I am currently spending my personal devotional time in the Old Testament book of Nehemiah. Nehemiah stepped into a leadership role during a time of turmoil and transition for God’s called people of Israel and became a picture of God-centered leadership. As a result, many leaders have looked to Nehemiah’s example in order to learn lessons they can apply in their contexts.
That’s why I’m reading Nehemiah’s story again.
My congregation is currently going through a time of leadership transition. One of our most respected and most cherished spiritual shepherds is retiring from the office of Elder due to a loss of hearing that is keeping him from contributing the way he would like. Also, our long-serving Administrative Minister is retiring after a successful run. So, over the next few months, we will be transitioning in a new minister and some new elders.
While none of this is bad – in fact, it’s quite normal – any type of transition in an organization requires good leadership that can navigate the choppy waters of transition smoothly and successfully. But I don’t want to simply be a good leader during this season in Alameda’s life; I want to be a godly leader. Thus, my time with Nehemiah.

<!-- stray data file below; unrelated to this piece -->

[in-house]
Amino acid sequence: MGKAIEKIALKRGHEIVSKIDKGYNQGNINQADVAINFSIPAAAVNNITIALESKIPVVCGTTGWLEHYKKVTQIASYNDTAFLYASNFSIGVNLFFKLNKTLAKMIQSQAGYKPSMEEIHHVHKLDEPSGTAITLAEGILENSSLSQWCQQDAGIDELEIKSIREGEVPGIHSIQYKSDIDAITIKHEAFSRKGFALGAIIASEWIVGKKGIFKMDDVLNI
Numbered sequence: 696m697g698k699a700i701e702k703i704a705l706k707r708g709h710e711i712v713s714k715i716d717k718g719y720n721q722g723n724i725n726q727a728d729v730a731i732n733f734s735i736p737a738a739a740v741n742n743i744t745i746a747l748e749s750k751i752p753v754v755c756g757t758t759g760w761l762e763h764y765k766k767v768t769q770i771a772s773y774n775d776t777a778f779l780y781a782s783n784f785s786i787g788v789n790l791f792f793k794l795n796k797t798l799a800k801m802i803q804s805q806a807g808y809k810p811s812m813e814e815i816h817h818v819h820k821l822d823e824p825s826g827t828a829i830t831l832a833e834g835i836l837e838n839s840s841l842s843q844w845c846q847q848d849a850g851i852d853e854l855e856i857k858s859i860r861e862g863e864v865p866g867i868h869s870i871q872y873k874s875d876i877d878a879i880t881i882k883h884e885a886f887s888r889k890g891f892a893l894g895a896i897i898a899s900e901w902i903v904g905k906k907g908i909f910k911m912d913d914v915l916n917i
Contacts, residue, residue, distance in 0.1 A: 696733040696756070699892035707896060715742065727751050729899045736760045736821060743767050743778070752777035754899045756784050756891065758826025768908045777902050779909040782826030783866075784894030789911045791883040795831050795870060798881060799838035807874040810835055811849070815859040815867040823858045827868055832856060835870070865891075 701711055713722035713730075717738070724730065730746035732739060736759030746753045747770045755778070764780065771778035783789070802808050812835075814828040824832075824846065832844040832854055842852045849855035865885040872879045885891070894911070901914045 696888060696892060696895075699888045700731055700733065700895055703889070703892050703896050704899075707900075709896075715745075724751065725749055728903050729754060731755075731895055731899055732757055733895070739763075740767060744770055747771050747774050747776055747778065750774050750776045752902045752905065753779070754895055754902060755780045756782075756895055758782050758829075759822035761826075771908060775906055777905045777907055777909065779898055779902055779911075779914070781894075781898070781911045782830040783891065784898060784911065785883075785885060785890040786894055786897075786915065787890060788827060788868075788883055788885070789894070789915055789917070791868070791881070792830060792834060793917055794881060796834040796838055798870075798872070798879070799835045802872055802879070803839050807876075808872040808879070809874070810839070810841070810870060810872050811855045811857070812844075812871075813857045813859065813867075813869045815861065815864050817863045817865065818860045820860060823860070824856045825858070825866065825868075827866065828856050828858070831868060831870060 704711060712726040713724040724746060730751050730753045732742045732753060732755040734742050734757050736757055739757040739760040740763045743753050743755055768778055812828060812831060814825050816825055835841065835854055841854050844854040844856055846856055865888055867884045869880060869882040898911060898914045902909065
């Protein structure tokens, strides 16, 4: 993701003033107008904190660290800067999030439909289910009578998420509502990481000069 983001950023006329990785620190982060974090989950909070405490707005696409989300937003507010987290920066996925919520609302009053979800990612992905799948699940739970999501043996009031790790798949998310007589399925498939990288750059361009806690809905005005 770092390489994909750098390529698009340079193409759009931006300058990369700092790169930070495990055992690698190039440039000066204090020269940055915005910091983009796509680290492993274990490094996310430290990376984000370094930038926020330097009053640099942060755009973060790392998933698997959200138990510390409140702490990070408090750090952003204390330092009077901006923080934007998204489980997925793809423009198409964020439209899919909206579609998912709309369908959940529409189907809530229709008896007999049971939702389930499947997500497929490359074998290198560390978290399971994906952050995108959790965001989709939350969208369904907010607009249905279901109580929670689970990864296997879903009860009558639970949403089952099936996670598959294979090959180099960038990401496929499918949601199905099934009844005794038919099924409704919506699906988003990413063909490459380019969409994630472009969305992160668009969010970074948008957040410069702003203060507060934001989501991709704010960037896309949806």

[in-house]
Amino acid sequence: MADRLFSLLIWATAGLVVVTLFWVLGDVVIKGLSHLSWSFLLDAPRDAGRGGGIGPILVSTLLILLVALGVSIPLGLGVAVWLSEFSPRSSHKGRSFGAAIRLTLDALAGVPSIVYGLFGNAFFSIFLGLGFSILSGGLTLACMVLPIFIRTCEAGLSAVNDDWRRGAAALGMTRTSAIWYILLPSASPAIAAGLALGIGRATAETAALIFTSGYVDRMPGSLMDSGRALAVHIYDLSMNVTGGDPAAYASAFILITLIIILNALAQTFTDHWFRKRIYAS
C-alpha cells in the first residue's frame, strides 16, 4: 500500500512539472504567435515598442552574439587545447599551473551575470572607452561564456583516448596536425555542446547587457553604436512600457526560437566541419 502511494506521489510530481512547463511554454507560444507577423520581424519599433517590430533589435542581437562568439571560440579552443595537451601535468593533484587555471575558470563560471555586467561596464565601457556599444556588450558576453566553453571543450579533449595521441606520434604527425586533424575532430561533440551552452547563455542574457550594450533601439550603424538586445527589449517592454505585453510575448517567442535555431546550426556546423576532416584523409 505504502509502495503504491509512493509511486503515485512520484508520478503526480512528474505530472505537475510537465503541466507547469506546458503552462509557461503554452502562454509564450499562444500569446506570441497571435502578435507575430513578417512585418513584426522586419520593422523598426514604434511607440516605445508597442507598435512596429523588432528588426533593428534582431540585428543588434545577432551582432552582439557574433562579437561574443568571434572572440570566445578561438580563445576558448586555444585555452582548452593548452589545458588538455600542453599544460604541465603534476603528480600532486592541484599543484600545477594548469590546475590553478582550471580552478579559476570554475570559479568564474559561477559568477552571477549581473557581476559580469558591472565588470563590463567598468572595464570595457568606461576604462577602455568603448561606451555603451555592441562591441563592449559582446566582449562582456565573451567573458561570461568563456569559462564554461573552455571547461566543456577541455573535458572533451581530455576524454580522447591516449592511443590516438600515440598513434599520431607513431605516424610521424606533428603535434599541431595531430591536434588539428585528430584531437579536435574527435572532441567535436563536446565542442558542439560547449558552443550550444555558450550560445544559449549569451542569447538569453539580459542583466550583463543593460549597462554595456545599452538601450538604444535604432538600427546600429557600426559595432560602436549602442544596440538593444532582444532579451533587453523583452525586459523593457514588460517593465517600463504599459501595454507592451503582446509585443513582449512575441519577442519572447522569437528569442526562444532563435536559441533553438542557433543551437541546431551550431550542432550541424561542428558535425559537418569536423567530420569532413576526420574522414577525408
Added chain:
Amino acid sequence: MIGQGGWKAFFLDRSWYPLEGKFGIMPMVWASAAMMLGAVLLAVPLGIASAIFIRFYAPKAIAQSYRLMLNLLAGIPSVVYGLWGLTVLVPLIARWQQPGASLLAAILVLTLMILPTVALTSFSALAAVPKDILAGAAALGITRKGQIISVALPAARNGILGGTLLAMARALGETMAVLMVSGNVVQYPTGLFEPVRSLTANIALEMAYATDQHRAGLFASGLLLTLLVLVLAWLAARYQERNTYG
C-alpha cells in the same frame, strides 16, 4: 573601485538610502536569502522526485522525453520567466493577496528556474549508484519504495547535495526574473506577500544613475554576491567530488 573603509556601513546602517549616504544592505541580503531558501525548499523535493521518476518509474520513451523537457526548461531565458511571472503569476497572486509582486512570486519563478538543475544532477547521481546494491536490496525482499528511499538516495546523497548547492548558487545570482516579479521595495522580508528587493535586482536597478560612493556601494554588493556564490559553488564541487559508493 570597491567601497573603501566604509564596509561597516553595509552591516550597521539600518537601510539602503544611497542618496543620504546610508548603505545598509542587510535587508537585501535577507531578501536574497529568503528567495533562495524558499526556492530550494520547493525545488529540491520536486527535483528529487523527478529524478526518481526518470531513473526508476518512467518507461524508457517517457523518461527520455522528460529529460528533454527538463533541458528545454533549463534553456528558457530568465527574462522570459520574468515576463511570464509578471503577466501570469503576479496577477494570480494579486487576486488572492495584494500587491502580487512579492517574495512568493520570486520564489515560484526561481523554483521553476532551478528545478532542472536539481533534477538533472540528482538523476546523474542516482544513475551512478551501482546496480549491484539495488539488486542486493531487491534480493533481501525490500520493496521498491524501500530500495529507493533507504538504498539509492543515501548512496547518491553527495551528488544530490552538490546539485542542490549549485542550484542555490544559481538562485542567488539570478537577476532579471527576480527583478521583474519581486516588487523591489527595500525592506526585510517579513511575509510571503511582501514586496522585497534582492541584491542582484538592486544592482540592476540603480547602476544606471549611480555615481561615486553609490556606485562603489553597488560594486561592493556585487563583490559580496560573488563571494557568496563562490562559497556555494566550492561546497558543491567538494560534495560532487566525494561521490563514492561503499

Here are my observations from Nehemiah 1…
- A godly leader cares deeply for God’s people and purposes.
- A godly leader intentionally seeks God’s help first.
- A godly leader prays.
- A godly leader views prayer as an act of humility, confession, and remembrance.
- A godly leader sees prayer as an indispensable ingredient to success.
- A godly leader defines success as the expansion of God’s Kingdom (i.e., the reign of God’s values, influence, and will).
- A godly leader prays bold prayers and relies on God’s blessing.
- A godly leader seeks God’s glory above his or her own.
- A godly leader serves God as King, even if he or she is the servant of an earthly king.
Want to be a godly leader?
Me, too. This list from Nehemiah provides a good starting point for us.
In my next two posts, I will share 5 elements of a godly leader’s prayer (Friday) and my own “Nehemiah Prayer” for Alameda (Monday). I hope you’ll check back on those days.
Thanks for reading.